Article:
guest piece from Monty Weatherall, McGill University
It is strange to think that the greatest joy and fulfillment that sport has given me started with something that as athletes we are drilled to avoid at all costs: quitting.
After nearly three years involved as a teenager in the Junior Academy of one of the top professional rugby clubs in the UK, I became disenfranchised after the club relocated 100 miles up the M40 from London to Coventry. After sticking it out for a year, I eventually decided to quit after my academic work began to slide as a direct result of the distractions of chasing a professional post-18 contract. The reality is that very few players make the Senior Academy level in English rugby, and devoting myself to this goal and also performing to my best ability academically, something I ultimately considered to be more important, wouldn’t be possible. Something had to give.
The biggest lesson I learned as a result of quitting is that all the hard work and sacrifices that you make when you’re trying to reach your goals don’t just disappear. It is possible to learn so much from the behaviors that were drilled into you as a member of a professional set-up at a young age. It gives you skills that are highly sought after in numerous environments, whether academic or in the workplace. That is why sportspeople are so highly in demand across these institutions. Furthermore, you retain the ability to compete at a high level as an athlete. These factors coalesce to create significant leverage that you can use to open doors and give yourself opportunities which, without your sporting background, wouldn’t be open to you.
The decision to quit top-level sport at that time provided me with sufficient experiences and raw sporting abilities necessary to use my sport to leverage opportunities in academia. It has meant that my applications to university have been enhanced by something more than just my grades, giving them extra weight. If there are two students aiming for the same course with identical grades, but one has evidence of the perseverance, endurance, and passion that comes with competing at elite level sport, the university will choose her every day.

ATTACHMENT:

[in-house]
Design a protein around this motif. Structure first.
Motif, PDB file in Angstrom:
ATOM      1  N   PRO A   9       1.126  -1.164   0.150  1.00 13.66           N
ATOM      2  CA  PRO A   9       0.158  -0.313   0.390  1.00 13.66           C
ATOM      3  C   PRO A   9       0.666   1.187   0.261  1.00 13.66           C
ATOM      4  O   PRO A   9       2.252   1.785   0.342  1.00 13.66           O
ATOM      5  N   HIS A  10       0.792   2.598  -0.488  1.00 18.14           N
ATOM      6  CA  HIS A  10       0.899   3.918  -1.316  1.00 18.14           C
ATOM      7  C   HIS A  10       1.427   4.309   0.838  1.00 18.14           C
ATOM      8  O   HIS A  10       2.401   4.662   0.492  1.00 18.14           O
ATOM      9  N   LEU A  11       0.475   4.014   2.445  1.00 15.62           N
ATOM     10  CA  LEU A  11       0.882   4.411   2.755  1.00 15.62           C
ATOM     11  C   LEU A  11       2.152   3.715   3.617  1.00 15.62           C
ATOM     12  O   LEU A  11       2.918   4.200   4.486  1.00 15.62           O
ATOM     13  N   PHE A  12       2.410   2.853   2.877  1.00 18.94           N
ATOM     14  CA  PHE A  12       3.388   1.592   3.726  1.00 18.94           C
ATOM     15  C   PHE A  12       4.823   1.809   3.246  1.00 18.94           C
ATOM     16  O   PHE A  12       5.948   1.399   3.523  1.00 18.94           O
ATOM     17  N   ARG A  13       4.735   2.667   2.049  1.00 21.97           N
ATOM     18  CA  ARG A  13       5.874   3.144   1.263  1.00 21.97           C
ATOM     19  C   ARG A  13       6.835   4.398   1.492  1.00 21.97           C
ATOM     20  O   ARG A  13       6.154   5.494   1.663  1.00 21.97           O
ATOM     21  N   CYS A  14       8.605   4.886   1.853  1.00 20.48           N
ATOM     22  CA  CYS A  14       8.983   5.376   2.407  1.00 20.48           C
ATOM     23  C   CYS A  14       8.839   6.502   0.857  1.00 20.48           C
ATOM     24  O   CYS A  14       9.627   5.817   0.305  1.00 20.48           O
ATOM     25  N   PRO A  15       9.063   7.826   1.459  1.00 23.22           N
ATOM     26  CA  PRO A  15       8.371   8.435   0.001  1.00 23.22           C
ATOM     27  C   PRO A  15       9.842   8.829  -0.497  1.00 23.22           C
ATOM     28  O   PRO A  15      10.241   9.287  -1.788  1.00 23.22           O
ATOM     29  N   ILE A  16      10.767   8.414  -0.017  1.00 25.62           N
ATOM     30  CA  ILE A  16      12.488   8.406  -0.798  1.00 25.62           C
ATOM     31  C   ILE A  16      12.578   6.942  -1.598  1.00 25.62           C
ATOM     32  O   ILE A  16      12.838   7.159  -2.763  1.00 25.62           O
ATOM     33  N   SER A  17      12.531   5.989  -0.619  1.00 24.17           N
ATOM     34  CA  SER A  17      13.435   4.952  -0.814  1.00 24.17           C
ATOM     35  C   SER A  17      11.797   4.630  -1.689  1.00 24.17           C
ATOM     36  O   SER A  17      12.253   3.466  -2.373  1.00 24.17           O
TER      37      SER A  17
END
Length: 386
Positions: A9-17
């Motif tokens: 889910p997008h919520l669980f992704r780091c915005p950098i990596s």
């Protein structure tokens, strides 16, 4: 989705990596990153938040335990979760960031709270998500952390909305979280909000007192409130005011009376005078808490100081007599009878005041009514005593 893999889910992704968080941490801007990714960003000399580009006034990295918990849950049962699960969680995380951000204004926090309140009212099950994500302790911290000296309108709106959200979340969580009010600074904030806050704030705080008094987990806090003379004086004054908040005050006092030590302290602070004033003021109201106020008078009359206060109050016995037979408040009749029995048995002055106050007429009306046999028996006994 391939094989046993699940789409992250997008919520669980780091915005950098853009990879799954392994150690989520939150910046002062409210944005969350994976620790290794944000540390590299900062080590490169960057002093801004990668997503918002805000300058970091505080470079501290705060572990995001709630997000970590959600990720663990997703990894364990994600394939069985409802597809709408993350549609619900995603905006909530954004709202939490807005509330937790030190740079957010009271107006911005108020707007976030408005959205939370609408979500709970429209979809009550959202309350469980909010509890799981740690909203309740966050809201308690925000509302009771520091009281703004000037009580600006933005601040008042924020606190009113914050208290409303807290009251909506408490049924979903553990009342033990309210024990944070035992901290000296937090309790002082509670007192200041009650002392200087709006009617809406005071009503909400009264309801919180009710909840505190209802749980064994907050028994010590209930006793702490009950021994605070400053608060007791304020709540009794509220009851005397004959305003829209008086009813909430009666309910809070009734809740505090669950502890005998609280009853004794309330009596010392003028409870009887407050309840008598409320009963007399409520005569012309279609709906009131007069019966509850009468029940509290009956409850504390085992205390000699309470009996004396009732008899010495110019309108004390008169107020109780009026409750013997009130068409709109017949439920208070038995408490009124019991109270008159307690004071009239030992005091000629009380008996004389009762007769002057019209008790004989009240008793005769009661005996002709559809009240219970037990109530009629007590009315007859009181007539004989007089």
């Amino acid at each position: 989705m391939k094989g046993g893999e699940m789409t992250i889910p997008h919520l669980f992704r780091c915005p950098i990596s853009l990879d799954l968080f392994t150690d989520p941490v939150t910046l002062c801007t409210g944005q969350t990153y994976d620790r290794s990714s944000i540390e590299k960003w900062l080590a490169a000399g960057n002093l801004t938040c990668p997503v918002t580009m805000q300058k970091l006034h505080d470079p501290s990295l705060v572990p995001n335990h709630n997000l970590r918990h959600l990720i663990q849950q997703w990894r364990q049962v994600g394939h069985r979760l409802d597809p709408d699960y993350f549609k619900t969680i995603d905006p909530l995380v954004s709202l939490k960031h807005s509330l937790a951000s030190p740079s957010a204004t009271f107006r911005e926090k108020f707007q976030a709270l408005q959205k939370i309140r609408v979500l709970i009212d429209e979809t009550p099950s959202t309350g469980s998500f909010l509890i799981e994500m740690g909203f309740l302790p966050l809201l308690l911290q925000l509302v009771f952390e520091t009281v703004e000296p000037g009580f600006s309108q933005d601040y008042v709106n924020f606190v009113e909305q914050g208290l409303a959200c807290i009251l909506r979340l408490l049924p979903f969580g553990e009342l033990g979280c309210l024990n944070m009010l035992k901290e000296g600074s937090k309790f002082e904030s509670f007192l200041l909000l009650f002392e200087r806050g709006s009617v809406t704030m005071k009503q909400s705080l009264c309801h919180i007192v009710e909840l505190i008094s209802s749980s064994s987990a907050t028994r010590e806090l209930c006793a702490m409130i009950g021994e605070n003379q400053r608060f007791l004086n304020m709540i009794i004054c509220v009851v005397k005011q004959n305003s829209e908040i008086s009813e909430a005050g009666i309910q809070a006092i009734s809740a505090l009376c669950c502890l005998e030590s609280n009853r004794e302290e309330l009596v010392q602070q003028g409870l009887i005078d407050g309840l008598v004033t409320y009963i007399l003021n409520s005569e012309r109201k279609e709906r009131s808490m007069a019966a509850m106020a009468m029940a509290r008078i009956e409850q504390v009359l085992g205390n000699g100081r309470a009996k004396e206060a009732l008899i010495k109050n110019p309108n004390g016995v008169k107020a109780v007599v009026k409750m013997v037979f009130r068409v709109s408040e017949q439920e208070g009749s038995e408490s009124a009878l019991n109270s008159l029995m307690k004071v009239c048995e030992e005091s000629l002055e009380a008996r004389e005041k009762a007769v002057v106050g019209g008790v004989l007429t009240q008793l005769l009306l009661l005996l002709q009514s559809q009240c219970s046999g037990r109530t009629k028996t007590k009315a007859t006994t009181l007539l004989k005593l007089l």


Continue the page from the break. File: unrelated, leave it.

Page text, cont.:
I was lucky enough that my sporting CV got me an opportunity at McGill University in Canada. Here, I combine an intense rugby schedule during the Fall with a BA in International Development and Entrepreneurship. This would not have been possible without the leverage that rugby gave my application. It also wouldn’t have been possible without that decision to quit, as it was the act of taking a step back from such a narrowly-focused environment that allowed me to pursue other avenues and options in my life.
The message I want to get across to people of a similar age to myself is that you should never underestimate how far your sporting ability can get you in other areas of life. You have no idea how many different doors sport can open that don’t involve becoming a professional. For me, it opened up doors in academia, but the opportunities are endless. Sport is a great way to travel: it gives you a passport to spend one season in country A, and next year travel and play in country B, all the while always having a guaranteed group of friends and comrades with whom you share an interest. Never doubt how much sport has given you and the doors that it can open. If you don’t make it, all that you learned by training and competing at a high level will have taught you valuable lessons that will serve in the world of work, academia, and endless others.
It is up to you to investigate the opportunities that are associated with your sport. For example, colleges in America will hand out scholarships for talented athletes of all genders, in many areas and sports. At the end of the day, it is just about getting yourself out there and giving yourself exposure to all these opportunities.
– Monty Weatherall